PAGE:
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How Covid-19 prison lockdown has affected children with a parent in prison


On or around 13 March 2020, prisons in the UK moved to restricted regimes, which included a ban on all social visits. Prison lockdowns were widespread in 2020 and continue in 2021. With face-to-face visits banned in spite of a few prisons opening doors in summer of 2020, thousands of children in the UK have not seen their parent in prison for a year.

There has been a cost.

Although (at this stage) any understanding of both the short and longer-term impact of the aforementioned restrictions on children and families is limited, new research by Dr Shona Minson from the Centre for Criminology at Oxford University suggests that loss of contact has negatively impacted children’s relationships with their imprisoned parents, taking a toll on their mental and physical health and wellbeing.

Participants in Dr Minson’s study are from counties in England, Scotland and Wales, the majority of which live below the poverty line (aligning with the well-established links between poverty and imprisonment);  a small percentage of children concerned have a mother in prison and the majority, a father.

Prior to the prison lockdown in March 2020, 96% of the children represented in the research enjoyed regular and frequent contact with their imprisoned parent, with almost two thirds (61%) visiting their parent at least once each week.

Lack of contact during and post-lockdown has had a significant impact on these children and their families.

Research found that many children did not understand why contact stopped and thought that their parent did not want to see them anymore; some children blamed themselves and some even believed that their parent no longer loved them. This anxiety was compounded when children also received fewer or shorter phone calls from their parent (for reasons relating to: cost, timing and poor sound quality of calls or children being unable to engage because of age or disability).

Without the re-enforcement of face-to-face visits, young children did not seem to recognise or know their parent’s voice when speaking on the telephone. There was concern amongst all caregivers of babies and toddlers that children were forgetting their parents and had lost any attachment they had formed with them prior to lockdown.

My child recently lost his first tooth. He wanted to show his dad the gap in his mouth and cried knowing he can’t, so I said I would send a photo to his dad. And he said, ‘No mummy, I want him to see it when I sit on his knee and then he can really see’.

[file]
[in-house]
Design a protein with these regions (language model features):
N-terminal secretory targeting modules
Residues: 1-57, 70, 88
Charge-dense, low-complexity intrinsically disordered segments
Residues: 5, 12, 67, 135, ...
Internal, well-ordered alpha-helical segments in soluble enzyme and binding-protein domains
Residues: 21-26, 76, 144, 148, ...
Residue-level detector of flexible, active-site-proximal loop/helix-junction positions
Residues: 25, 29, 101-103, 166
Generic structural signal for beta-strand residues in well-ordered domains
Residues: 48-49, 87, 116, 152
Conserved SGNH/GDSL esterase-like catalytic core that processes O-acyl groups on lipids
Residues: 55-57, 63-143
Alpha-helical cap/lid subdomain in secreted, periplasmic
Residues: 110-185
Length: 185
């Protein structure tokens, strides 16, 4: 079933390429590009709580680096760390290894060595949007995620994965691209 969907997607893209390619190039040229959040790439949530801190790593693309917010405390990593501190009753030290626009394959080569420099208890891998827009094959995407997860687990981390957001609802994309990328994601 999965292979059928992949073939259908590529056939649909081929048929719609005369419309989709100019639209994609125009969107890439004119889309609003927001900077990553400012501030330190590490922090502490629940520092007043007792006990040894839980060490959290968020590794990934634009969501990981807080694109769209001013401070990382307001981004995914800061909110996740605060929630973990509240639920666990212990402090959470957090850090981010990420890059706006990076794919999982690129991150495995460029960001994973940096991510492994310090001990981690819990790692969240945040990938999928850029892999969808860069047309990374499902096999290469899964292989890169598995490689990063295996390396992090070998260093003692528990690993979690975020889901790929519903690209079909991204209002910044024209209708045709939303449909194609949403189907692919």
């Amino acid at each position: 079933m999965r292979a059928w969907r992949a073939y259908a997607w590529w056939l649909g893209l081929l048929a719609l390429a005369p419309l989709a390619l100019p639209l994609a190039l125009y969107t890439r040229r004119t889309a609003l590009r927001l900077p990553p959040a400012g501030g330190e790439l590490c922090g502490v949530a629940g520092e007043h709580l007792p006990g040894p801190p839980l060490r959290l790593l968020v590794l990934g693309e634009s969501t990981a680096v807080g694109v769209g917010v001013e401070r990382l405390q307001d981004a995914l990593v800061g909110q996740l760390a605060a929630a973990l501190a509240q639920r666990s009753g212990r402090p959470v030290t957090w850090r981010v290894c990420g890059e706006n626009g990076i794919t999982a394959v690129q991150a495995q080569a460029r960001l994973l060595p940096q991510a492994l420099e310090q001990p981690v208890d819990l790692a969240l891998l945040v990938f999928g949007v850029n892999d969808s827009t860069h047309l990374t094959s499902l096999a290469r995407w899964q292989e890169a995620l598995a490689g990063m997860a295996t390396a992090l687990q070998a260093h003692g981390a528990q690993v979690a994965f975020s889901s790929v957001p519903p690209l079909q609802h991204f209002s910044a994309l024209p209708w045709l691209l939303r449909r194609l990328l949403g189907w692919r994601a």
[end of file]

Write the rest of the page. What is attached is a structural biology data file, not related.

Caregiver grandparents were particularly worried about the fact that, without regular contact with their parents, younger grandchildren were forming strong attachments to them in place of their parents.

Older children found phone contact difficult and many caregivers reported children becoming detached from their imprisoned parent. This in turn was difficult for the parent in prison to deal with. Many caregivers reported that the parent in prison was suffering from low mood, anxiety or depression, and they found their children’s distress almost too much to bear. In some instances, this caused parents to stop all contact with their children, which of course compounded and amplified the children’s distress.

Children’s anxiety about their imprisoned parent was heightened due to the Covid-19 pandemic, and caregivers reported children asking them questions such as: ‘Will my Dad die? Do they have enough food? What can’t he facetime? Does he still love me? Did I do something wrong? When will we see each other?’.

Children were described as displaying anger and aggression alongside verbal and physical abuse of other children and adults in their household. Some became quiet and withdrawn, and several were described as being uncharacteristically ‘clingy’ with their caregiver. Some had begun to suffer from enuresis and soiling. Others were destructive, damaging property.

Whilst the situation seems bleak, there is hope!

The pandemic is not over and it is likely that prisons will continue to use restricted regimes to reduce the spread of Covid-19 within their populations. Yet it is not too late for the UK to make changes to its management of prison visits and communication for prisoners with their families in order to mitigate the harms which have been done to children in the past 12 months.

For a full list of recommendations as well as Dr Minson’s research report, CLICK HERE.


Kids Matter is a programme that engages with families and young children before crisis point – it strengthens families by giving mums and dads the tools to be competent, confident parents or caregivers. To get involved, as a volunteer or by financially supporting our programme, please contact us at

Photo by Tadeusz Lakota on Unsplash

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